“Honey, this power shedding affects everyone and you don’t hear people breaking up their houses just because they have no light,” Moradi said, now laughing out loudly. “If you lie still, you won’t feel the heat that much. You worsen the heat by fighting it. Look at you! You’re like an enraged bull.”
Pule grabbed the light from his wife and with gentle vengeance shone it on her face. Moradi squealed with mirth, burying her head in her husband’s chest as she playfully tickled him to wrestle the cellular phone out of his hands.
“Rati,” Pule called, using his pet name for his wife, a shortened form of her name which in itself was short for ‘loved one.’ “You’re making me sweat even more. You can’t be playing at 1am. Give me that phone.”
He made no effort though to get back the phone from Moradi, as she slipped out of the bed and using the light walked barefoot to the kitchen. She returned with a litre of water, took the towel from the floor and went into the bathroom. When she returned, she had soaked the towel, making sure that unlike in Pule’s workmanship it was not dripping. She wrapped the towel around his chest and kissing him lightly on the cheek, said:
“Now can you sleep? We both have to go to work in the morning and you will wake up the children with this riot.”
Pule tried to pull his wife onto him but she restrained him with a firm hand laughing.
“No” she said. “You’re not going to get us all wet. Soak alone. Now, let’s sleep.”
Pule, now wide awake, knew that it would be a while before he can successfully fight off the heat to catch a nap before the alarm set to wake them up at 5 am churned its message.
“If at least I could watch tv,” said Pule morosely.
“You’re weird honey,” replied Moradi teasing. “Who wakes up to watch TV in the middle of the night?”
“I do,” Pule replied, stubbornly. “I told you. I wake up at 1am to use the bathroom but most importantly to make sure that I know I’ve been asleep. And I take delight in the thought that it’s not time yet to wake up and I’ve four more hours to sleep.”
“And the TV assures you of that?” Moradi teased further, knowing the response.
“Yes. TV shows me the awake world which isn’t asleep, making me feel special, privileged, lucky to be asleep. Plus, when I watch news at 1am I know the world is safe out there whilst asleep. It makes sense.”
“Yes honey, it makes sense alright,” replied Moradi. “But whilst you measure your sleep and monitor the world out loudly, some of us are disturbed.”
“Oh come on love,” replied Pule. “An earthquake wouldn’t wake you up.”
“Good,” replied Moradi. “We’re not earthquake country, so don’t cause any. Let’s sleep.”
Moradi switched off the cellular phone light and the room was once again plunged into darkened silence. It was not long before he heard the gentle snores of his wife and he envied her for her tenacity to withstand discomfort.
Benign evil stalking his heart, Pule deliberately turned and tossed boisterously until his wife woke up.
“I can’t sleep Rati.,” he whined, when her poised dark figure confronted her in the dark..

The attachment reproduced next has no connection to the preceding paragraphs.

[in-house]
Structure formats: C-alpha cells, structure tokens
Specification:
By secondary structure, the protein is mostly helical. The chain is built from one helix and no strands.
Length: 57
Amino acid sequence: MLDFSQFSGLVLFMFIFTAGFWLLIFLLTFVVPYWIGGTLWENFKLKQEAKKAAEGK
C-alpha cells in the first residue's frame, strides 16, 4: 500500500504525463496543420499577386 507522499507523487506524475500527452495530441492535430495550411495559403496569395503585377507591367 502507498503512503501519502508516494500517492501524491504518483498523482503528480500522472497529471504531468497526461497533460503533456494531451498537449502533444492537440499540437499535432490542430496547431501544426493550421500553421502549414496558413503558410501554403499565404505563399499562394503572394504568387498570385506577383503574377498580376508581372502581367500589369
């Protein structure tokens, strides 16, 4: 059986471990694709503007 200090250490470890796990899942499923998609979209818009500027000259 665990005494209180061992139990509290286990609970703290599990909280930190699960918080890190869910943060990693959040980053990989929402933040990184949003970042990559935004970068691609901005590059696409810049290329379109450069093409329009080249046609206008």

“What happened to your shooting of bad people that makes you sleep?” asked the awakened Moradi.
”They now shoot back and it keeps me a lot more awake”, replied Pule in a childlike demeanor.
 Moradi surprised herself with a spontaneous giggle at her husband’s illogical schemes to fight periodic insomnia. “What do you expect? You shoot you’re likely to get shot.”
“Their bullets are not supposed to hit me,” Pule continued with his imaginary game. “Usually, I become invisible and I can shoot them all down easily until there’s no more. Then I sleep.”
“What’s wrong with them, don’t they see your gun, or it becomes a ghost too?” Moradi humored her husband.
“It’s a next century laser gun honey,” replied Pule adopting the tone of a simpleton. “You can’t see it. I can jump from buildings without falling, fly and land anywhere without being seen. That’s how it used to be. When there’s no power like this, it’s too dark and I fall. Then the bad guys shoot me.”
“Pule honey,” replied Moradi. “I’m sure you’ll write a best seller one day but right now I’d like to sleep and so should you. There’s no electricity because of load shedding and you know it. So get used to a little discomfort.”
“A little discomfort,” Pule snorted. “They’re supposed to be inventing new wonderful things, not making up new vocabulary for incompetence. I need my aircon, or at least the fan. I pay for this electricity. It’s not on loan to me. You don’t see us load shedding their bills.”
“You’re right darling,” said Moradi, switching on her cellphone light again to look at her disconsolate husband. “Poor baby. Your face looks moist with sweat. It’s because you don’t lie still or try to ignore the heat. I’m affected the same way but I still sleep.”
“I’m older than you,” replied Pule.
Moradi sat up on the bed and shone the light even closer to Pule’s face before saying:
“You’re only 5 years older than me, you idiot. And that makes you 35 years old. Too early even for male menopause. How long have you been awake?”
“Two hours 45 minutes,” Pule replied promptly.
“You actually time these power cuts?” Moradi asked with mild concern. “Don’t you think you’re going over board? The entire country is affected by these power cuts, so why should you be the worst victim?”
“They said two to four hours,” replied Pule with obstinacy. “The power never comes back in two hours and most times it’s five hours. So, they lie. They’re official liars.”
“It’s people like you who suffer strokes whilst others sleep peacefully”, Moradi said. “There are two million people in this country who are affected and you choose to suffer the worst. Look if you want to spend hours endangering your health with worries and sleepless nights, join politics and be one of the official liars.”
“May be I should,” Pule replied, turning away from the sharp light and facing the wall on his side of the bed.